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3.33  ·  Rating Details ·  270 Ratings  ·  73 Reviews
One December afternoon, boy with dog and grandfather with beard take a walk to watch the sun begin to set over the river. When the sun drops low in the sky, they start home. Buildings grow dimmer. People are rushing. As nature's lights go out, one by one, city's lights turn on, revealing brilliant Hanukkah, Kwanza, and Christmas displays in streets, homes, and stores. A ...more
Hardcover, 32 pages
Published September 17th 2013 by Farrar, Straus and Giroux (BYR) (first published September 1st 2013)
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Oct 04, 2013 Mary rated it really liked it
I liked this book, but can't really explain why. It was kind of odd, but in a really enjoyable way.
Deanne Hyde boilesen
Jun 12, 2014 Deanne Hyde boilesen rated it liked it
Shelves: multi-cultural
Opening Move: During winter, there are many different types of festivals that use lights and candles. Have you seen lights as part of displays, parades, or in peoples’ homes? What might they mean? DO you have lights at your house?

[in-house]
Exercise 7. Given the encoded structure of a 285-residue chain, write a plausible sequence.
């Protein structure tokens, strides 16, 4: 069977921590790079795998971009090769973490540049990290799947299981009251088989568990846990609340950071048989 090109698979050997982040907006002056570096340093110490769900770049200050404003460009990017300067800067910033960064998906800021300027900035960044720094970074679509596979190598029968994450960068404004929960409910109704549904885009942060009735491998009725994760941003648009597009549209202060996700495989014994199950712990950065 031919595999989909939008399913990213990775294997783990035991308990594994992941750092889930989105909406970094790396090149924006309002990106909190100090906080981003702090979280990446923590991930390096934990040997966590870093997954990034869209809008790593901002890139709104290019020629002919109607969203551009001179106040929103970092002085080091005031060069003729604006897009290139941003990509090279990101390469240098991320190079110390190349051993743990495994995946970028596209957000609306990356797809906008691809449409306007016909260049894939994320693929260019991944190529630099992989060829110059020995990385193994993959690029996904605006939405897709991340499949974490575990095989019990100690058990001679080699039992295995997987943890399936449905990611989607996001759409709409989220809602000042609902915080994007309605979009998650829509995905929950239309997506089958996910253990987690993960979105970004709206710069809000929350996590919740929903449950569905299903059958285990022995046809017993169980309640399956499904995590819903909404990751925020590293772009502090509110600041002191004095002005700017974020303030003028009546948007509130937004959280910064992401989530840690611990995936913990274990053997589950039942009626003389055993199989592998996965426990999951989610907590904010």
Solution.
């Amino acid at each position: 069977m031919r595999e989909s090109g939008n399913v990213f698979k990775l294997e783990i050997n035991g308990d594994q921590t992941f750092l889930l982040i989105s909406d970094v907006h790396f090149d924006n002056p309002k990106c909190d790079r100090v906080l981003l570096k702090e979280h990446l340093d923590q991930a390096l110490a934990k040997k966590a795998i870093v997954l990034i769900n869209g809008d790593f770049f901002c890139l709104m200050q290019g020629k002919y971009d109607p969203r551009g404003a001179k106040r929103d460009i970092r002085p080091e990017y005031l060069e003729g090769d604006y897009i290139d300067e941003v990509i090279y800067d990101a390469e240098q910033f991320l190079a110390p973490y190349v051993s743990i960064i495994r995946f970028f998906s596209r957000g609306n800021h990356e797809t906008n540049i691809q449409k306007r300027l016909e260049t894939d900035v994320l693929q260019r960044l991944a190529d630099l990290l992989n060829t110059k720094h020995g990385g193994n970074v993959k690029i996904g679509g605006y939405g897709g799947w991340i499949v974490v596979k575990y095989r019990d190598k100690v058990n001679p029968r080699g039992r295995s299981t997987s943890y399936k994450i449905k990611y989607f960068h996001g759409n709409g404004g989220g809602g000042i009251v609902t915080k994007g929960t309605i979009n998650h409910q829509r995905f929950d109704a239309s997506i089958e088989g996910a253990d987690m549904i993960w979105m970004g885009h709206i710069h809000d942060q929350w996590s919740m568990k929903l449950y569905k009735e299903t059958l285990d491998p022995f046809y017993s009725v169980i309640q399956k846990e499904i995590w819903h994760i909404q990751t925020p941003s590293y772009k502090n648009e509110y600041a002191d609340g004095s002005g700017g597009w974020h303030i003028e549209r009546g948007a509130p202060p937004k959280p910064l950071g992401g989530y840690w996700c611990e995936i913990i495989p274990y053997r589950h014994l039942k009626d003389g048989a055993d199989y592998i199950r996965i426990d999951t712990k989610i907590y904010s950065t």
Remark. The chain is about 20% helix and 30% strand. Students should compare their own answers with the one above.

Opening reflection: Lay the ground work for children’s understanding of diverse people and setting.

Text to world: More serious observance has become a little more normal, embracing all winter celebrations. Folks are learning more about older festivals and customs f
Nov 07, 2013 Cheri rated it did not like it
Shelves: picture-books
I had high hopes!


First, I never got the hang of reading this book--"grandfather with beard", "lady with hat", it just felt off to read it, rather than sounding stylized. Then they added an alien from another planet who looked like just another white guy, but spoke in some language that sounded like a combination of Yiddish and Polish. WTF? We didn't NEED an alien! We definitely didn't NEED to try to read that smashup of nonsense words after the weird way the book was already going. I thi
Drew Graham
Sep 18, 2015 Drew Graham rated it liked it
Shelves: kids
As a short winter day comes to its close, Boy with Dog and Grandfather with Beard watch as the sunlight fades and the city lights come to life.

Uri Shulevitz's Snow became a fast favorite in our house a couple years ago, and although this one was fairly well-received by The Boy (2), it doesn't seem to have the same charm and innocence about it. Most of the art was still really interesting and I liked that the setting took a festive turn (though I have trouble with books that try to cram Kwanzaa i
Sep 24, 2013 Bill added it
Shelves: pb-narrative